There was a 44% hike in the value of fines issued by the Financial Reporting Council (FRC) to audit firms last year, following a global trend which sees its replacement regulator set to impose even tougher sanctions, according to analysis by Thomson Reuters
Thomson Reuters calculates last year’s FRC fines hit £24.3m, up from £16.9m the year before, and says the increase is seen as setting the tone for the regulator’s replacement, the Audit Reporting & Governing Authority (ARGA), which is expected to launch by March 31 2020.
Following the collapse of several of high-profile listed companies, such as Carillion and Patisserie Valerie, the government backed the granting of tougher powers to ARGA in order to help deliver an improvement in the performance of audit firms.
In advance of ARGA’s establishment, the FRC plans to invest further in its enforcement teams, and has recently kicked off a new recruitment drive as it expands its roles and responsibilities The regulator has launched a series of videos showcasing some 80 new positions being created in the 2019/20 financial year alone. The FRC is currently involved in 10 investigations including inquiries related to the audits of Interserve, Conviviality and Thomas Cook.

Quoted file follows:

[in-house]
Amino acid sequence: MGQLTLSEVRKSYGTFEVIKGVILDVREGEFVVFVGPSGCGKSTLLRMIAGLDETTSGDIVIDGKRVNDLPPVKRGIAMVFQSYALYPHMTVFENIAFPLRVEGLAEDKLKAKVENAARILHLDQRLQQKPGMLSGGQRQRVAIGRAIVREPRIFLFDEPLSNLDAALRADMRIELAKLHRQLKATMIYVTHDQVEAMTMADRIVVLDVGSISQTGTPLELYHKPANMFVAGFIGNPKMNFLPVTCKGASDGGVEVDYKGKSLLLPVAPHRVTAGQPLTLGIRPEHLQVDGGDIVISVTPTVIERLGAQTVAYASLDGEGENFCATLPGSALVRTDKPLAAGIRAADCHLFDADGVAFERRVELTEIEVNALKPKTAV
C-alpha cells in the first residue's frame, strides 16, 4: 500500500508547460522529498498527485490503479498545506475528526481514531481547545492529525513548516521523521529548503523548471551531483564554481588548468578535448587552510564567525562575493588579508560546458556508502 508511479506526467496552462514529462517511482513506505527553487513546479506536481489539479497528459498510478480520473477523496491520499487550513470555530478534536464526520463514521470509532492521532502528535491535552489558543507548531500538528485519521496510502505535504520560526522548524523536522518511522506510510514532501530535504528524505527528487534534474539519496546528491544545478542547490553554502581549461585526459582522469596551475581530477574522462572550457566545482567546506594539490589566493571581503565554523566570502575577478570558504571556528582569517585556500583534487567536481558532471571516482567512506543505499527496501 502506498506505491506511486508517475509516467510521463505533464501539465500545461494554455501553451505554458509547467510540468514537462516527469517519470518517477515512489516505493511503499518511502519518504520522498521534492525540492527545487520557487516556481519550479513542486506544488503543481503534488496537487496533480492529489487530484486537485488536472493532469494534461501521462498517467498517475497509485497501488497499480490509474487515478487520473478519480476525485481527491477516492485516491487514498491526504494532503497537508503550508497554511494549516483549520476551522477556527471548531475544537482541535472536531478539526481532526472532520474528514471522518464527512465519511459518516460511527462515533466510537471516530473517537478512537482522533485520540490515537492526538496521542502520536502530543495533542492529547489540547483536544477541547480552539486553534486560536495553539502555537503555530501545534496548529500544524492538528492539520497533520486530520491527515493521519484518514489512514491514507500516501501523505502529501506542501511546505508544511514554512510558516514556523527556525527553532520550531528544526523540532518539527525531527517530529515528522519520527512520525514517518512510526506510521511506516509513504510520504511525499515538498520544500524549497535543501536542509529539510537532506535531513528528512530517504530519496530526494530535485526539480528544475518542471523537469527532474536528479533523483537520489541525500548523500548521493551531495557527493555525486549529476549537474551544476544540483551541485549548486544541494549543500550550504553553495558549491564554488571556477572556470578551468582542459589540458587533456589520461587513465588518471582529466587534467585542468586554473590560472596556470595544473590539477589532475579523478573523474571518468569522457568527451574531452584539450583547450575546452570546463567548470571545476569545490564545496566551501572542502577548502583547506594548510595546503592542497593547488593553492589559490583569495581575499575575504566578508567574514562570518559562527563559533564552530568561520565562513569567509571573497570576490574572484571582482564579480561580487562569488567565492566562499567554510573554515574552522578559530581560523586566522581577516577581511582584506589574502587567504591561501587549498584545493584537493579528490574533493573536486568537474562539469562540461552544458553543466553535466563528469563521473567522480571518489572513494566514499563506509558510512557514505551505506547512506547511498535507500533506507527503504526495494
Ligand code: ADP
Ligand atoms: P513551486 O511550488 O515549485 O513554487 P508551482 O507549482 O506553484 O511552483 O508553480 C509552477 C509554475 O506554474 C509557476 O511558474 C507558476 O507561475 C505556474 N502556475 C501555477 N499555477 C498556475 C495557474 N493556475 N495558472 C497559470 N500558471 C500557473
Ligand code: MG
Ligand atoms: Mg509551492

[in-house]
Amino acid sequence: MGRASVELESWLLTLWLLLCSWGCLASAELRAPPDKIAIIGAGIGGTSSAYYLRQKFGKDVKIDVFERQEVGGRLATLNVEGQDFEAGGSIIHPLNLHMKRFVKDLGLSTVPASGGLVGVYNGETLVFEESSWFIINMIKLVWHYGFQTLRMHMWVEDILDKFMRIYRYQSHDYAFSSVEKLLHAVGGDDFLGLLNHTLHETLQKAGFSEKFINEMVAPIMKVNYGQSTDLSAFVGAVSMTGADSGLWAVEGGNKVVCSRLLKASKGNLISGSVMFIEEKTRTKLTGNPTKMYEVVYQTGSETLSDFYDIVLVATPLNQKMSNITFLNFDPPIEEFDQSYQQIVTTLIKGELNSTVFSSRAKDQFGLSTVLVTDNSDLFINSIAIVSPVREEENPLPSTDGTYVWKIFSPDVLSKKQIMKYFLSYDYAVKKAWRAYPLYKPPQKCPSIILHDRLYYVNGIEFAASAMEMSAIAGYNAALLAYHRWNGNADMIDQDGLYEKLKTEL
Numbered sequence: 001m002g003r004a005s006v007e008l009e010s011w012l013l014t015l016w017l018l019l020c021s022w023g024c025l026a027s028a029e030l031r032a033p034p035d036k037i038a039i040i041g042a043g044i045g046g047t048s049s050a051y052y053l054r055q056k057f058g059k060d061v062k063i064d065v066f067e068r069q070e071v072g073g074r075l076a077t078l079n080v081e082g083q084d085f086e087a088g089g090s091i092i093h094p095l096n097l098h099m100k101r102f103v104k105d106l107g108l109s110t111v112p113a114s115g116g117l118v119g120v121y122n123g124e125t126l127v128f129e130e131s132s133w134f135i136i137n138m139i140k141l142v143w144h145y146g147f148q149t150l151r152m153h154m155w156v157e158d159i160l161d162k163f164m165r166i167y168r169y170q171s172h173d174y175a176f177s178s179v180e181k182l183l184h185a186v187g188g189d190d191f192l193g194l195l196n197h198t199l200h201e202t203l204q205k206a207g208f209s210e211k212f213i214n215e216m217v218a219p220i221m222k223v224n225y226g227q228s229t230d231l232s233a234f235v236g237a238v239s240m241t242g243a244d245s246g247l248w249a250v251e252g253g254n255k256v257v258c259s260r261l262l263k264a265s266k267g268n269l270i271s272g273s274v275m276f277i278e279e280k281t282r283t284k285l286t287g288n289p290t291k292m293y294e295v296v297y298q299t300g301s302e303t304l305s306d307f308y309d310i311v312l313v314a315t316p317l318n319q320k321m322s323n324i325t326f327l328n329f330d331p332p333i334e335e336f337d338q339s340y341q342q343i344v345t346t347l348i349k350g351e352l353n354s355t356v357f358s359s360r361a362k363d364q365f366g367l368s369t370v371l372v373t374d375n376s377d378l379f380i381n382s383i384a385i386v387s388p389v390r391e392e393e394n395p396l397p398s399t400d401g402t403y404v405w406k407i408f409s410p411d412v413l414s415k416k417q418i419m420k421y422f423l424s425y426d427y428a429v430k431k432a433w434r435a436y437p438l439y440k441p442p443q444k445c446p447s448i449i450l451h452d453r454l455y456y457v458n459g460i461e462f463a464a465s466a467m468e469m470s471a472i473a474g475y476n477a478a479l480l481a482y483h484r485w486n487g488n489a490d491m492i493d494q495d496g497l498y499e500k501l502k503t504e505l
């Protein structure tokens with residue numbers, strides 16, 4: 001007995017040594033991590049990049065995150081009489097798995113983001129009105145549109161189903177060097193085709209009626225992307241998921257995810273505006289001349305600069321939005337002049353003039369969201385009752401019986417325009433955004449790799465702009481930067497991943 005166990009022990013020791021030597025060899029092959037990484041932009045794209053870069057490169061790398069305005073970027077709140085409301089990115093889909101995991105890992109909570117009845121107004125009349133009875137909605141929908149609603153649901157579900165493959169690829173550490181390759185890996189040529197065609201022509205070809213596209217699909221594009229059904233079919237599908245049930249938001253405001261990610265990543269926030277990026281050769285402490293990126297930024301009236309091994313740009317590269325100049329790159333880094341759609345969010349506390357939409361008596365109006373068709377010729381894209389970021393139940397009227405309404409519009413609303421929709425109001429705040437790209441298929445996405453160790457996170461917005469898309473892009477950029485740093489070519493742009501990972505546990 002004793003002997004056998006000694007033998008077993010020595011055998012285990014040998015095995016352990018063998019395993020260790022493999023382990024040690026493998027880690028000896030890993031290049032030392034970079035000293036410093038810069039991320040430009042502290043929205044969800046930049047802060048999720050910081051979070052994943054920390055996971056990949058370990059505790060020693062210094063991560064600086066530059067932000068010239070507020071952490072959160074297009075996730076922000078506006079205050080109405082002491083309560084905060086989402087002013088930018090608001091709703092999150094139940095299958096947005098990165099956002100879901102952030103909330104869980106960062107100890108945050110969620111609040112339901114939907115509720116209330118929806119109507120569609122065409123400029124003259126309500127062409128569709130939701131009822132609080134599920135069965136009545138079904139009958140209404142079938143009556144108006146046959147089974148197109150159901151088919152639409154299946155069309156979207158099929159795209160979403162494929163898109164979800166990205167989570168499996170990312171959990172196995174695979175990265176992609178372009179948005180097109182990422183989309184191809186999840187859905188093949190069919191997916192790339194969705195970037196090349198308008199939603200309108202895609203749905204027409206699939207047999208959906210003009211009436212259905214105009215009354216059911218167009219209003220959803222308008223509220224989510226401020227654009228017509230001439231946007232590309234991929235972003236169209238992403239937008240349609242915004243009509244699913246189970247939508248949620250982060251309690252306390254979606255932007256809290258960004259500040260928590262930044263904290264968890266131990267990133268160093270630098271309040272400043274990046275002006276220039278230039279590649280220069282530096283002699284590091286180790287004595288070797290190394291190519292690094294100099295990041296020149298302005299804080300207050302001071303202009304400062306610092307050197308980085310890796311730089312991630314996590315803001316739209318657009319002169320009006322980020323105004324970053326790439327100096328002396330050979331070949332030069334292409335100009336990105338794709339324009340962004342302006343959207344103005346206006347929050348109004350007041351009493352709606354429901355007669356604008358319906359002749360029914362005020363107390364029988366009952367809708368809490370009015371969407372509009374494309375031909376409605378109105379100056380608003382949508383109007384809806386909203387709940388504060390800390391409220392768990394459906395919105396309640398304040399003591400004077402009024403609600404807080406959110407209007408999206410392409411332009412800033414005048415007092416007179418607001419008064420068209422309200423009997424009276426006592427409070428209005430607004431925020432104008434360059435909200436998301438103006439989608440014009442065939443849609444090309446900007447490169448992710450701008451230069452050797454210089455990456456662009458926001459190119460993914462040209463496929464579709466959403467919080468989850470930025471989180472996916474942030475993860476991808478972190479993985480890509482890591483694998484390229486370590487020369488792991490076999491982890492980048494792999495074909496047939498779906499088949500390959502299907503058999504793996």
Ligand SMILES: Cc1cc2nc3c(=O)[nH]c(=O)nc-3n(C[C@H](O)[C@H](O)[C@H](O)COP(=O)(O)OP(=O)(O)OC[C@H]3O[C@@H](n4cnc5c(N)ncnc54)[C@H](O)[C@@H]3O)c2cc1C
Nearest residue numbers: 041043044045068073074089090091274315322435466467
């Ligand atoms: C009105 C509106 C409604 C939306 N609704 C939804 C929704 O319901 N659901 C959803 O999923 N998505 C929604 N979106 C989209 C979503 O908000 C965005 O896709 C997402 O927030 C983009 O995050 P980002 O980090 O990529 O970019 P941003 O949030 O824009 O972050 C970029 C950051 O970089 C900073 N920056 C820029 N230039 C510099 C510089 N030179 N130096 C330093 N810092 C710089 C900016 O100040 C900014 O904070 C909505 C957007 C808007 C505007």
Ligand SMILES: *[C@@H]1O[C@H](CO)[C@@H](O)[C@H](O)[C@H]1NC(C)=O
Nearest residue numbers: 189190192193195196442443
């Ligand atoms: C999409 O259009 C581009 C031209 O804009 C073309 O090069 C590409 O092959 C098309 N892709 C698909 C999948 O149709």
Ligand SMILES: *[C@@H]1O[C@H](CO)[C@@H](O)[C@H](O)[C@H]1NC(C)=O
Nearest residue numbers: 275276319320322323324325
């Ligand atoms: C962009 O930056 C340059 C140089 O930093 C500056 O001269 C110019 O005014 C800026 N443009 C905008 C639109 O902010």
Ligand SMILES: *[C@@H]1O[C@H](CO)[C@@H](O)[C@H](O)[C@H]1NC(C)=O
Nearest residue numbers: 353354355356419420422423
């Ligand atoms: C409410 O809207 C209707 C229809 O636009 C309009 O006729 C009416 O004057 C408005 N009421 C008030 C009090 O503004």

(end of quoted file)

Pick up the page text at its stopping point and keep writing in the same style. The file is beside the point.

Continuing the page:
Additional Thomson Reuters research showed that regulators in the US have also been taking a tougher approach to the regulation of auditors with far of fines over the last year.
The value of fines for audit failures imposed by the Securities & Exchange Commission (SEC) and Public Company Accounting Oversight Board (PCAOB) hit $64.7m (£51m) last year, up from $12.5m (£9.8m) the year before, although this figures does include a few particularly high value fines.
The analysis suggest growth in the value of fines comes as regulators adopt an increasingly collaborative approach, which is likely to be felt by audit firms with large international footprints. It points out over 50 accountancy watchdogs globally are now part of the International Forum of Independent Audit Regulators (IFIAR) which provides a platform for sharing information and coordinating cross-border investigations.
Brian Peccarelli, chief operating officer, customer markets, Thomson Reuters, said: ‘The increase in fines has set a clear direction of travel for the FRC as it transitions into a new entity.
‘There is pressure being heaped on audit firms and the wider industry to stamp out any incidents of malpractice. Firms look to be taking this onboard and implementing new processes to ensure nothing slips through the net.
‘Rising fines and enforcement action is not just a UK phenomenon. The approach of regulators is becoming more and more coordinated – boards should take note.’
By Pat Sweet